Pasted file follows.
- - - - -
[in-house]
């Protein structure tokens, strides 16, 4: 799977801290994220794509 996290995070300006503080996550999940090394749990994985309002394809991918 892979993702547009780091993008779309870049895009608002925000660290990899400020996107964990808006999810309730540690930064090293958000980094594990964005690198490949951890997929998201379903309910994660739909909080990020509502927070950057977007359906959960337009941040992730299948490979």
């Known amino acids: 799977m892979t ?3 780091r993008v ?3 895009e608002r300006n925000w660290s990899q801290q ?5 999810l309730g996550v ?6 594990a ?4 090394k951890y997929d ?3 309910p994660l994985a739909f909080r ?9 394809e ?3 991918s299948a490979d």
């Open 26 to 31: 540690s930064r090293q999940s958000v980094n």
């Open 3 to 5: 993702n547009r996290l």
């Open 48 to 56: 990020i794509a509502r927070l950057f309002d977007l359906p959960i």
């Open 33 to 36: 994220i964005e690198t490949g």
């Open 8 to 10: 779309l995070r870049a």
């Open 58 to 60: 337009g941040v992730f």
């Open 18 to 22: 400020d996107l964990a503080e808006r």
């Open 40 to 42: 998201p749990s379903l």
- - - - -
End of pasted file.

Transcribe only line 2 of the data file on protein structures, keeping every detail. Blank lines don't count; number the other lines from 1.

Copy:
């Protein structure tokens, strides 16, 4: 799977801290994220794509 996290995070300006503080996550999940090394749990994985309002394809991918 892979993702547009780091993008779309870049895009608002925000660290990899400020996107964990808006999810309730540690930064090293958000980094594990964005690198490949951890997929998201379903309910994660739909909080990020509502927070950057977007359906959960337009941040992730299948490979």